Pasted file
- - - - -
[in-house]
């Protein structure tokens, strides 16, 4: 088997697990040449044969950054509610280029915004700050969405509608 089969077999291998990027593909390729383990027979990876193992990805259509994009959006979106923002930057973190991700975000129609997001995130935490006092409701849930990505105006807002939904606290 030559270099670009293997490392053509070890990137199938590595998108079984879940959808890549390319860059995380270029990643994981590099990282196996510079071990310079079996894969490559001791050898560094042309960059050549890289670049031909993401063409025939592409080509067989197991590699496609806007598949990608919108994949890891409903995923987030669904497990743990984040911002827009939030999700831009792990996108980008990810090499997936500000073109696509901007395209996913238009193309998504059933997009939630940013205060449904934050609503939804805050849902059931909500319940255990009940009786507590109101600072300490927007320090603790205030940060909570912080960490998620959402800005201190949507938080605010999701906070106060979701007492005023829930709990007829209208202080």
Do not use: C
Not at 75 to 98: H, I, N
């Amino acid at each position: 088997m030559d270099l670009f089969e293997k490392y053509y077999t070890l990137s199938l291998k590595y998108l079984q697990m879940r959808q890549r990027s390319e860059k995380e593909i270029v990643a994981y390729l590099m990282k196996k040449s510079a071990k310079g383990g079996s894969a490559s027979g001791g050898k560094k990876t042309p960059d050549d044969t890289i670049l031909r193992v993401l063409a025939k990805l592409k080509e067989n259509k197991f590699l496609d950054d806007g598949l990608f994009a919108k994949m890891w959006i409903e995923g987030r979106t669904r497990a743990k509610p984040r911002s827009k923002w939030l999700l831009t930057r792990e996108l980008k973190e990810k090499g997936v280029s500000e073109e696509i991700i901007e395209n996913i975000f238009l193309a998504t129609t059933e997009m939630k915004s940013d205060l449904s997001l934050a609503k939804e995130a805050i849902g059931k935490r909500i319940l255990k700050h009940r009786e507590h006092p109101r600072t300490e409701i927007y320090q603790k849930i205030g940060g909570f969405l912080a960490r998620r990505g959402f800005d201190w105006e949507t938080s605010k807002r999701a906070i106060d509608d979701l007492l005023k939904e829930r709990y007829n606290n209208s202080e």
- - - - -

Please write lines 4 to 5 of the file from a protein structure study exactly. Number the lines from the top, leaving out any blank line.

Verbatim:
Not at 75 to 98: H, I, N
């Amino acid at each position: 088997m030559d270099l670009f089969e293997k490392y053509y077999t070890l990137s199938l291998k590595y998108l079984q697990m879940r959808q890549r990027s390319e860059k995380e593909i270029v990643a994981y390729l590099m990282k196996k040449s510079a071990k310079g383990g079996s894969a490559s027979g001791g050898k560094k990876t042309p960059d050549d044969t890289i670049l031909r193992v993401l063409a025939k990805l592409k080509e067989n259509k197991f590699l496609d950054d806007g598949l990608f994009a919108k994949m890891w959006i409903e995923g987030r979106t669904r497990a743990k509610p984040r911002s827009k923002w939030l999700l831009t930057r792990e996108l980008k973190e990810k090499g997936v280029s500000e073109e696509i991700i901007e395209n996913i975000f238009l193309a998504t129609t059933e997009m939630k915004s940013d205060l449904s997001l934050a609503k939804e995130a805050i849902g059931k935490r909500i319940l255990k700050h009940r009786e507590h006092p109101r600072t300490e409701i927007y320090q603790k849930i205030g940060g909570f969405l912080a960490r998620r990505g959402f800005d201190w105006e949507t938080s605010k807002r999701a906070i106060d509608d979701l007492l005023k939904e829930r709990y007829n606290n209208s202080e």